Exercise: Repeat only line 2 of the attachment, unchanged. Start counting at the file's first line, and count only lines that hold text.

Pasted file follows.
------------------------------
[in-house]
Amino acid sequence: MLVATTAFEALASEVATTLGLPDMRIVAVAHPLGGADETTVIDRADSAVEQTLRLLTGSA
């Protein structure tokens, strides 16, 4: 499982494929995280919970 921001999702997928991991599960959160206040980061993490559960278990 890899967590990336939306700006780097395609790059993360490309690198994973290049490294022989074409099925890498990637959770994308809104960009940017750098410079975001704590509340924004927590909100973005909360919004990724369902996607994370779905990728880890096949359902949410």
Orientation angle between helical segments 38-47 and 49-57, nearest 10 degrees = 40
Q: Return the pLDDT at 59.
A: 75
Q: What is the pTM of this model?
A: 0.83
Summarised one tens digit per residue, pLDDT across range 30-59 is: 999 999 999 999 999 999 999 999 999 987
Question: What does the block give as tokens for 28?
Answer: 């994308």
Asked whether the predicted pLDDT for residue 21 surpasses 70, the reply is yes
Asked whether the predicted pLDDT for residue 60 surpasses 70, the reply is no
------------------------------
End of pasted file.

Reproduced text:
Amino acid sequence: MLVATTAFEALASEVATTLGLPDMRIVAVAHPLGGADETTVIDRADSAVEQTLRLLTGSA